Not knowing Dr. Buttar, I can’t speak for him. I have read in the same internet sources as you that he is using IV EDTA. I don’t really know what protocol he’s using. I know there are other physicians, including some I know more about, who are also using IV EDTA as part of their treatment for some individuals. When one considers that there are many years of successful and safe use of IV EDTA for lead chelation, I don’t think this can be called reckless per se. We can only hope that whatever physicians will use IV EDTA will exercise that highest degree of care we both call for. And just as important, we can only hope that parents will educate themselves on every aspect of any procedure their doctor recommends and that they ask a lot of questions. Parents need to assure themselves that: (a) there is a valid reason the doctor is recommending the procedure; (b) the procedure is capable of being performed with a minimum risk; and (c) the doctor is capable of performing the procedure with a minimum risk.

Yes, Kev, I am angry too. I am angry about a lot of things, including what happened to the Nadama family. With respect to the tragic death of this young man, though, I want to know where to direct that anger. Blind anger is the most unproductive of all emotions.

1/9/06, 12:49 PM  
Blogger Interverbal said...

Wade,

Many people have made good points on about this little boy's death. not many have done so while avoiding open disrespect for those who would disagree.

This death hurt a lot of people (not just his parents) and it hurts them like Hell. The very genuine anger over it is titantic.

I oppose your conclusions, but I thank you for showing respect while expressing disagreement.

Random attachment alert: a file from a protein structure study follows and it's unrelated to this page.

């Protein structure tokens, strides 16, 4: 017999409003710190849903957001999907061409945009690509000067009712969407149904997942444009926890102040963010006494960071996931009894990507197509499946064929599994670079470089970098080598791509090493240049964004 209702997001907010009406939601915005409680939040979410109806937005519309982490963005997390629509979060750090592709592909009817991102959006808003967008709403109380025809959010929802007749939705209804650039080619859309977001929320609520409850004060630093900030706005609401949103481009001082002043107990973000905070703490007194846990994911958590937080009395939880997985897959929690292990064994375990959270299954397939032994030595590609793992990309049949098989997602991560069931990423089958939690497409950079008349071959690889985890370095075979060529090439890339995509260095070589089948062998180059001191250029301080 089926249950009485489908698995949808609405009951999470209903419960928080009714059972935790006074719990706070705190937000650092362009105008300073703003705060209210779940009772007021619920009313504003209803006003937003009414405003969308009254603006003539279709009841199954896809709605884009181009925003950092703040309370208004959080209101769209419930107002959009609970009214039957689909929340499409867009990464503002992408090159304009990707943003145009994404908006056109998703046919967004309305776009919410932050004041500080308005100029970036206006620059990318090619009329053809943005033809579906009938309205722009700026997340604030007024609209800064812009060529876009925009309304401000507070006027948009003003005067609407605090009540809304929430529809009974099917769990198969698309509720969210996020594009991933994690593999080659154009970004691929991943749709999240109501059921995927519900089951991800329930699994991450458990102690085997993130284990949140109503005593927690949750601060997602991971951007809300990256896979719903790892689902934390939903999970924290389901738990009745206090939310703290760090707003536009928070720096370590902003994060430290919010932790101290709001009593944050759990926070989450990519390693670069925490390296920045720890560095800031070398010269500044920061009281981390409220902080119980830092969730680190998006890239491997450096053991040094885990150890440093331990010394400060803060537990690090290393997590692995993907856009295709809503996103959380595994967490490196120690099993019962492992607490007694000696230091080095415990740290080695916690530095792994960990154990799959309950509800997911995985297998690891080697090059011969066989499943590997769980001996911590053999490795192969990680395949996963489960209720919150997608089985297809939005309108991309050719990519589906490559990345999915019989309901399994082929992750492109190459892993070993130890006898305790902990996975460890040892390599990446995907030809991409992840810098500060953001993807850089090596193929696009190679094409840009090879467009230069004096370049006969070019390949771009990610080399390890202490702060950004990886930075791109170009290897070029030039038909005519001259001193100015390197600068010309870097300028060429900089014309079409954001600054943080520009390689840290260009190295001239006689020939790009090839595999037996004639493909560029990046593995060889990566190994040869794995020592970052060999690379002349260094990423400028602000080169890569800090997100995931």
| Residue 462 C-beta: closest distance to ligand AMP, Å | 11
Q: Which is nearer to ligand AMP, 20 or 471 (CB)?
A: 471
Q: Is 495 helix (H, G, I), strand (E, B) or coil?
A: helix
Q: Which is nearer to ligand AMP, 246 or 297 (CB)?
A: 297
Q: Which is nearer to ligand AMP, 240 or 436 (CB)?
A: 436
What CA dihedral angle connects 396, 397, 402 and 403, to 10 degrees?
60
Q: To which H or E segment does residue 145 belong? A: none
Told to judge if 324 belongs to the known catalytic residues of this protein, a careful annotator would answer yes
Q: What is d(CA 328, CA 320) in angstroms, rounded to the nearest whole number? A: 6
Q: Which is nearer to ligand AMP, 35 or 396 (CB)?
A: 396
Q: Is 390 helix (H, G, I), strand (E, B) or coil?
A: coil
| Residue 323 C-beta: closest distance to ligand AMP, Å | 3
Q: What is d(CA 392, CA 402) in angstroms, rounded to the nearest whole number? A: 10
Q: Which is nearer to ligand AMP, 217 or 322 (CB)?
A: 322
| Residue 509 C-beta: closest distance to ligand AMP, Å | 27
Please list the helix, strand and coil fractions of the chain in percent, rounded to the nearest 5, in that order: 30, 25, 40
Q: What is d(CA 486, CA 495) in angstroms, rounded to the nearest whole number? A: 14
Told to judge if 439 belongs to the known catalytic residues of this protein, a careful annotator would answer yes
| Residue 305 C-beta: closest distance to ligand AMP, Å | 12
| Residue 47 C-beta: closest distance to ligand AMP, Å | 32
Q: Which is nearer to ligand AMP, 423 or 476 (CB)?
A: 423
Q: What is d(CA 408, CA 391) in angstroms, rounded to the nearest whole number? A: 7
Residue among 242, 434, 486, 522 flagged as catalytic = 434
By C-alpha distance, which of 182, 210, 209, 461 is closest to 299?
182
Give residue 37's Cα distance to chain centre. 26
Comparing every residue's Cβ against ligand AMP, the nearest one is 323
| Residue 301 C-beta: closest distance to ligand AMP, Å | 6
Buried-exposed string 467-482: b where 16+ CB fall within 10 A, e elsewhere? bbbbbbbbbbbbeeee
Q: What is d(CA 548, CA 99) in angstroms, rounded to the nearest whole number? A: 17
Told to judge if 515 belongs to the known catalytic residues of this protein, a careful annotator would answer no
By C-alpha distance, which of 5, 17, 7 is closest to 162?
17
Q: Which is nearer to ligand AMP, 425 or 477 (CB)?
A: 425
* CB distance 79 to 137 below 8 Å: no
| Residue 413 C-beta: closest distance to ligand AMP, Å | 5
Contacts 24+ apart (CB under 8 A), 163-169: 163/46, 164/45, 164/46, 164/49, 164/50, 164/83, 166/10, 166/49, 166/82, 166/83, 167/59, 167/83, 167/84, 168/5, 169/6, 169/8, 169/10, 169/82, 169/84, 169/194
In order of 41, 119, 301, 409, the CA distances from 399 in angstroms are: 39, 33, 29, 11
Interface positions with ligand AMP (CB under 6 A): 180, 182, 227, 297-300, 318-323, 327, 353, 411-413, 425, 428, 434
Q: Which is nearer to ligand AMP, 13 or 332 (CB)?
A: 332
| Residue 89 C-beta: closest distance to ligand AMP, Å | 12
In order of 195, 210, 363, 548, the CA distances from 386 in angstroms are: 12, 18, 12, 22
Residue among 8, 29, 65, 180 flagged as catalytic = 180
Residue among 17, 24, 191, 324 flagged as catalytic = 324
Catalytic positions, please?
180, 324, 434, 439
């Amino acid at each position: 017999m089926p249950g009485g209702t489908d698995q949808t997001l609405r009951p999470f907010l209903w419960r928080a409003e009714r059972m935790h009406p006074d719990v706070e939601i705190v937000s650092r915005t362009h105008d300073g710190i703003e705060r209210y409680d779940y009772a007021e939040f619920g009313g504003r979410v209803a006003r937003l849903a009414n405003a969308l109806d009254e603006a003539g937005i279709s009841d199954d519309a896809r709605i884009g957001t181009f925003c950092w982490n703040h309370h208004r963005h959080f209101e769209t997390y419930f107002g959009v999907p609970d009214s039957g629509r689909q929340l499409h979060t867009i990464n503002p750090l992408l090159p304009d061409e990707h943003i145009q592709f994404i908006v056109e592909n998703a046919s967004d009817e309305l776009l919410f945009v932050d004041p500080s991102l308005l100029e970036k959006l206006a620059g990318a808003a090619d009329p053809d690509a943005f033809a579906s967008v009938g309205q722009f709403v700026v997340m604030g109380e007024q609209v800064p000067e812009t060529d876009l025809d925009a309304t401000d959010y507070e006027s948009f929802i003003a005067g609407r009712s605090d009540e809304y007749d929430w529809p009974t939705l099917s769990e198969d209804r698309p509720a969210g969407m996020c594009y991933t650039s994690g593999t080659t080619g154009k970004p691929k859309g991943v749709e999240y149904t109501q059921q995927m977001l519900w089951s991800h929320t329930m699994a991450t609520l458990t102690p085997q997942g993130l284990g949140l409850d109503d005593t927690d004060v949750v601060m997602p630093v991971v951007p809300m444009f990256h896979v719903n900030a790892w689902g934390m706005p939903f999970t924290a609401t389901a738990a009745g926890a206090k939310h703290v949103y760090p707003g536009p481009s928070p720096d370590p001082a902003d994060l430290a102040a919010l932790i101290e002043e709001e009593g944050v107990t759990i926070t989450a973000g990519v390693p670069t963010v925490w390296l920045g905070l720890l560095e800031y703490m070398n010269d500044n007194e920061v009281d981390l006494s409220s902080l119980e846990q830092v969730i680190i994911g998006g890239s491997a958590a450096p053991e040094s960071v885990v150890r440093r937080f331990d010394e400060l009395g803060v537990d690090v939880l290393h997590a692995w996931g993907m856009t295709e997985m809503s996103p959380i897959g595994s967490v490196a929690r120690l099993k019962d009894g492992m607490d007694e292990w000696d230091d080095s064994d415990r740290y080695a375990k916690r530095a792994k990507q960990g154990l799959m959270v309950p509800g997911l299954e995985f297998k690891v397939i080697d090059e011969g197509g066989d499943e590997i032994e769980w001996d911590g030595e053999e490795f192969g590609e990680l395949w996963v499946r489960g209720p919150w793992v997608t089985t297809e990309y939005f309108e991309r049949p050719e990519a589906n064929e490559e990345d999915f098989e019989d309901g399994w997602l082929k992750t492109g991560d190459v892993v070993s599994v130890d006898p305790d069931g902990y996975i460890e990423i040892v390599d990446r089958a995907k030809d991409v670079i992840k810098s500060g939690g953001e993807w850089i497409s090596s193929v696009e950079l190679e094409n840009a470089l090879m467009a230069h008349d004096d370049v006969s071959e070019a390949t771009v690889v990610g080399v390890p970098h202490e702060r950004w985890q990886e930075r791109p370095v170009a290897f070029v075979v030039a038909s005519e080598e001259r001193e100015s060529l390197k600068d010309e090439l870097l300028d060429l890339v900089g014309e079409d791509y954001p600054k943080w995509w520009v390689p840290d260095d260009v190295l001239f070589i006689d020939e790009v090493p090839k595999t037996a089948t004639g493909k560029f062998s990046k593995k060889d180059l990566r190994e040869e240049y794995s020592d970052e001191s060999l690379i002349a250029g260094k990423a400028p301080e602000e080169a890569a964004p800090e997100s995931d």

-Jonathan Semetko

1/9/06, 4:25 PM  
Blogger Wade Rankin said...

Thank you for your kind words, Jonathan. There is anger and hurt over this death on both sides of the biomedical debate. Fortunately, there are people of good will on both sides who are interested in having a reasonable discussion without undue rancor. I want to make sure I emphasize that Kev and Orac have always been that way in his discussions with me. And I have noted the reasonable tone in your comments at Kev's blog and here. I thank everyone who has commented on this post thus far for doing so in the right spirit. I think we would do a great disservice to the Nadama family if we acted any other way.

1/9/06, 8:16 PM  
Blogger Kev said...

Saying that any form of chelation are inherently deadly ---- based on this incident is every bit as wrong as overgeneralizing autism and saying it is always a misdiagnosis for mercury poisoning!

Absolutely true. Which is why I did not claim that. I said that chelation is inherently dangerous - it is. We're talking about a process that fundementally alters the chemical amd mineral makeup of a body. I also said in this case it was deadly as it was. It would be absurd for me to claim however, that chelation is always deadly.

Maria (sorry about the accented 'a'), you say:

The fact that the angry is not loudly be known does not imply that we are not touched or we do not care. The way this caring is felt/expressed can be different than others.

Of course. I'm not claiming I or Orac or Camille or anyone else has the monopoly on anger but it is incredibly frustrating to express doubts and fears for months on end and to be laughed at and told one is silly for harbouring such doubts and then to be told after your doubts are proved to have substance that this situation is not important enough to talk about with passion.

Unfortunately the reality is that mainstreamed doctors tell to any family with an autistic child the worst of all possible scenarios. Receiving the diagnosis is one of the worst experiences one family can have because of the messages you receive and the lack of options, many times.

I entirely agree but at some point you have to make a responsible choice. The fact is that none of the Doctors who prescribe chelation know what the long (or short) term effects are on autistic children. It is the utter needlessness of this death coupled with the willing ignorance of these Doctors to keep using a treatment that can be very very harmful and which, as of the present state of medical science, is totally unecessary that makes me personally so angry. Only last week Dan Olmsted was pushing Gold salts as a chelator. No mention was made of their status as 'chelators of the last resort' because of how dangerous they are. No mention was made that they are only really used in circumstances deemed to be life threatening because of how dangerous they are.